Money matters. To say otherwise would not be true. You have to have enough money to live. My girlfriend who is a psychiatrist, was recently interviewed by some students who asked her what motivated her to choose the profession she is in, among other things. “Don’t believe anyone when they tell you that money doesn’t matter. It does.” She helps people every day, but it also pays enough for her to pay rent, to send her son to a private school where he can get more individualized attention because he has ADHD, to pay back her student loans, to fight custody battles with her ex-husband. You need money to do all of these things and more. She takes her son on vacations and he is the center of her entire life. Yet she accomplishes so much. “I see the strength of the human spirit in each and every one of my patients, in the adversity they endure and how far they have come,” she says. She admires her patients. She helps them and gives all of herself to them. She doesn’t hide her tears if something comes up that elicits them during a session. She is very emotional and thinks with her heart, and is emotionally connected with her patients. She has seen them grow and become more stable during the treatment period. That makes a good helping professional.
I have to remember that my therapist cares so much. Of all of the humans in my life, he has been able to connect most with me. He has helped me through my most difficult times. He has never rejected me, never lied to me, never been judgmental. He has always been there for me. He always reads the emails I send him every day still, because I need that form of therapy, a one-way journal, a connection with the most important person in my life. He doesn’t respond to my emails, because that would take too much time, and because that’s not a part of the way we do therapy, it’s the face-to-face in person contact for 50 minutes a week which is the therapeutic process, but I know I’m special and that we have a special arrangement, and he doesn’t charge me for the extra time he spends reading my daily emails. I know he reads them, one, because he said he would and he always fulfills his promises, and two, because he references material I’ve written to him during our talk sessions. I am so lucky to have found him. It took trying about five therapists over the period of two years before I finally found him, yet, I persevered. I knew I needed help and no one, not even an abusive husband, was going to stop me from getting the kind of help I knew I needed.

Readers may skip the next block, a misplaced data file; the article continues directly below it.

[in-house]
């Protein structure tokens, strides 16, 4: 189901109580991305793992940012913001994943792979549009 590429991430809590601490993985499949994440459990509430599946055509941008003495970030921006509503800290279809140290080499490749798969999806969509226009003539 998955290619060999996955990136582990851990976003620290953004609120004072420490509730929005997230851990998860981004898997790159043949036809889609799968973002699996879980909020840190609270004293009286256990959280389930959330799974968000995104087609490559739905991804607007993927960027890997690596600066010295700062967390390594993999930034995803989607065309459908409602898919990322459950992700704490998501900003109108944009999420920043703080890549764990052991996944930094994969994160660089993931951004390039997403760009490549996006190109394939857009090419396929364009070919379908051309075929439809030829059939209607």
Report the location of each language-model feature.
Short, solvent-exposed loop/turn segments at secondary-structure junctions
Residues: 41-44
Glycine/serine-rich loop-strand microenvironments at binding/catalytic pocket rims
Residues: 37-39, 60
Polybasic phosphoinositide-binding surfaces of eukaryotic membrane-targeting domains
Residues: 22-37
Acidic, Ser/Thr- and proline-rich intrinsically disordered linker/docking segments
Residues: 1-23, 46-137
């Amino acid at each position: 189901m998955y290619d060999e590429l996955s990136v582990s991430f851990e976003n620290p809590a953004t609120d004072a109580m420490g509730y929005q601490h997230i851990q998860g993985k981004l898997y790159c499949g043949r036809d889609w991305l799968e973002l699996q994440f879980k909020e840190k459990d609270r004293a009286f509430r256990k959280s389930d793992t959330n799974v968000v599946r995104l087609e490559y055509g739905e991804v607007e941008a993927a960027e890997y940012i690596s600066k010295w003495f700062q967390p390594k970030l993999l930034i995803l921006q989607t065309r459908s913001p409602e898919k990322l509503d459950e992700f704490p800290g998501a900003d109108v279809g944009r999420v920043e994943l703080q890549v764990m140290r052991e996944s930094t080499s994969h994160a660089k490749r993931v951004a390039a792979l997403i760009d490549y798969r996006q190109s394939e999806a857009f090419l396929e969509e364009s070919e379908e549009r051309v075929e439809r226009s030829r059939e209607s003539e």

After writing for an hour, I feel much more connected to the world and to myself. I don’t feel quite so empty as I did a few hours ago when I finally had the courage to get out of bed, to wake up, to face the day. Nothing about my environment has changed. I’m still sitting on my lovely couch, with the blinds open, and the sunlight spilling in from outside. Yet, internally, in my mind, a shift has taken place. Writing gives me purpose. It does give me a reason for living. I need to tell my story and I need to be heard. I want others to be witness to my life. My therapist is already a witness, and this means so much to me, but what if, by writing about my inner world, someone else reads what I’ve written and they somehow connect with something I’ve said? A few sentences. That’s all it takes to change someone’s day, to open up someone’s perspective of the world, to let someone know they’re not alone in their suffering and that the human spirit can endure in each and every one of us, if only we let it. When I’m at my lowest of lows, when I’m feeling suicidal, when I just don’t want to keep on living, there is always this small seed of hope within me, a minuscule inner voice that says, “don’t give up. It will be worth it one day. You are worthy of living. You are beautiful inside and out and you deserve to live. You have to live. You don’t have a choice but to live.” The truth is that I do have a choice. If I had really wanted to take my life, I would have done it. I wouldn’t have called the crisis line to have ambulances take me to the emergency room, or to have policemen beat me down just because I had a knife, which is considered a weapon, in my hand. All of these actions kept me alive and it’s because of me, ultimately, that I am still alive.